Nam, Hye-Seon ; Kim, Kyeung-Eun ; Yang, Jae-Seung ; Ly, Sun-Yung ;
Journal of the Korean Society of Food Culture, volume 15, issue 4, 2000, Pages 279~285
A survey was conducted to examine the effect of food irradiation education on college students' knowledge and acceptance of food irradiation. The instrument for the knowledge and acceptance of food irradiation was administered before and after food irradiation education, to 150 students majoring in food and nutrition or food technology in the Chungnam National University. Before the education approximately 93% of the respondents did not know that radioactivity dose not remain in food after irradiation; whereas, after education half of them thought that radioactivity dose not remain in irradiated food. Knowledge about food irradiation has improved through education. The education significantly increased all the mean scores of need for food irradiation and willingness to use irradiated foods for the six food groups (p<0.01). The education significantly decreased the mean scores of concern about the irradiated food for all the six food groups (p<0.01). Although the responses to irradiated foods are, in general, negative or neutral even after education, the mean scores of acceptance of the irradiated foods have improved through education in all the six food groups (p<0.01). In conclusion, this study showed that food irradiation education may positively affect the college students' knowledge and acceptance of food irradiation, and that the development of both the appropriate detection methods to identify irradiated foods and the education programs to enlighten the college students are needed.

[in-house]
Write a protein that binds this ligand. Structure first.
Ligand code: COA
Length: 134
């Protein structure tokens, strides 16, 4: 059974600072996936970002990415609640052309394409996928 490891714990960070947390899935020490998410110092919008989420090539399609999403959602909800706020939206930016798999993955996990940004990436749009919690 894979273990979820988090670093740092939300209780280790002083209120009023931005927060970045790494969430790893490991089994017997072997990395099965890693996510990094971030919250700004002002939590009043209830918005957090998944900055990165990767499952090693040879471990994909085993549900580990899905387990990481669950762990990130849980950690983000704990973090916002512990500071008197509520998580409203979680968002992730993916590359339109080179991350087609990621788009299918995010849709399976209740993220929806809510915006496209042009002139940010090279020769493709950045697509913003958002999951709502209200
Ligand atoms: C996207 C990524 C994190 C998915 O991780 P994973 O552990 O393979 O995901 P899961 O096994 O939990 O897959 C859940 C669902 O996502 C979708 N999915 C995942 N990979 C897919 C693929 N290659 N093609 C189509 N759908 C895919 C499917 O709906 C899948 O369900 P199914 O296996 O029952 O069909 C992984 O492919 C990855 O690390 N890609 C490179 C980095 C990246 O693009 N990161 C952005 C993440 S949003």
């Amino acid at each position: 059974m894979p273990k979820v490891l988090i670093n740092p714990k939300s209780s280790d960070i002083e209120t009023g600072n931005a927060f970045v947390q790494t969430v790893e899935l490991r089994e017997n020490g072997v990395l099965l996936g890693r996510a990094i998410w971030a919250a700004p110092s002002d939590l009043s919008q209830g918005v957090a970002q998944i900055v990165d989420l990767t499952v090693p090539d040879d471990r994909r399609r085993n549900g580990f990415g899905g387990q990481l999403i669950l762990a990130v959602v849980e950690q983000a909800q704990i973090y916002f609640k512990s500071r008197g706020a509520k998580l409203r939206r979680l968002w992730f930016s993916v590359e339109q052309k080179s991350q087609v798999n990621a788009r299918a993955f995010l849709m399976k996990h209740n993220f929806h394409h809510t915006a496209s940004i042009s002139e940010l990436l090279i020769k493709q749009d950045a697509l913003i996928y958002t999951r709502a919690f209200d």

Fast Food Consumption Patterns of College Students in Busan
Shin, Ae-Sook ; Roh, Sung-Bae ;
Journal of the Korean Society of Food Culture, volume 15, issue 4, 2000, Pages 287~293